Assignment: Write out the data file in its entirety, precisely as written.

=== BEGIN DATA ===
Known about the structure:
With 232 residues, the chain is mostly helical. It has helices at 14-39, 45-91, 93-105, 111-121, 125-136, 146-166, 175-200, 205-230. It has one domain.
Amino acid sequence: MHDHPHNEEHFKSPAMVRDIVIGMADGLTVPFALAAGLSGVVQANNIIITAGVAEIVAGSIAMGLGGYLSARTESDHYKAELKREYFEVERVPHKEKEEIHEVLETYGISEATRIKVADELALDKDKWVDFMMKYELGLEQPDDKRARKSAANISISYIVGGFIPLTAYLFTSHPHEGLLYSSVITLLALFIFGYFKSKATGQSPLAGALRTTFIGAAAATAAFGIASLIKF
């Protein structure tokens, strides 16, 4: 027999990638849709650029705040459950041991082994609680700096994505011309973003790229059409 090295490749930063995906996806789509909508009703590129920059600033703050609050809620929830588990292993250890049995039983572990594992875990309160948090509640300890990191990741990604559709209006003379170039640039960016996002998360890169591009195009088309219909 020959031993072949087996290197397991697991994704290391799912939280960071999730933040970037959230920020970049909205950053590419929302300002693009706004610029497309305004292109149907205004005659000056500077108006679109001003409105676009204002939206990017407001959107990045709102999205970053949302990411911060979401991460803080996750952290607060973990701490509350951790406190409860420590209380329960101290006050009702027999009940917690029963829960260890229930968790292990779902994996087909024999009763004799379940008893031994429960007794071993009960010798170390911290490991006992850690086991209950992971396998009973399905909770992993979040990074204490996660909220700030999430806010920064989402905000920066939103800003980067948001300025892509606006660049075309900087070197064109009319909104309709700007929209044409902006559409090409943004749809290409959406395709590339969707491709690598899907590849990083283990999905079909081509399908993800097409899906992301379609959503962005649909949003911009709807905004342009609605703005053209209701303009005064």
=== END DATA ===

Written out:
Known about the structure:
With 232 residues, the chain is mostly helical. It has helices at 14-39, 45-91, 93-105, 111-121, 125-136, 146-166, 175-200, 205-230. It has one domain.
Amino acid sequence: MHDHPHNEEHFKSPAMVRDIVIGMADGLTVPFALAAGLSGVVQANNIIITAGVAEIVAGSIAMGLGGYLSARTESDHYKAELKREYFEVERVPHKEKEEIHEVLETYGISEATRIKVADELALDKDKWVDFMMKYELGLEQPDDKRARKSAANISISYIVGGFIPLTAYLFTSHPHEGLLYSSVITLLALFIFGYFKSKATGQSPLAGALRTTFIGAAAATAAFGIASLIKF
């Protein structure tokens, strides 16, 4: 027999990638849709650029705040459950041991082994609680700096994505011309973003790229059409 090295490749930063995906996806789509909508009703590129920059600033703050609050809620929830588990292993250890049995039983572990594992875990309160948090509640300890990191990741990604559709209006003379170039640039960016996002998360890169591009195009088309219909 020959031993072949087996290197397991697991994704290391799912939280960071999730933040970037959230920020970049909205950053590419929302300002693009706004610029497309305004292109149907205004005659000056500077108006679109001003409105676009204002939206990017407001959107990045709102999205970053949302990411911060979401991460803080996750952290607060973990701490509350951790406190409860420590209380329960101290006050009702027999009940917690029963829960260890229930968790292990779902994996087909024999009763004799379940008893031994429960007794071993009960010798170390911290490991006992850690086991209950992971396998009973399905909770992993979040990074204490996660909220700030999430806010920064989402905000920066939103800003980067948001300025892509606006660049075309900087070197064109009319909104309709700007929209044409902006559409090409943004749809290409959406395709590339969707491709690598899907590849990083283990999905079909081509399908993800097409899906992301379609959503962005649909949003911009709807905004342009609605703005053209209701303009005064």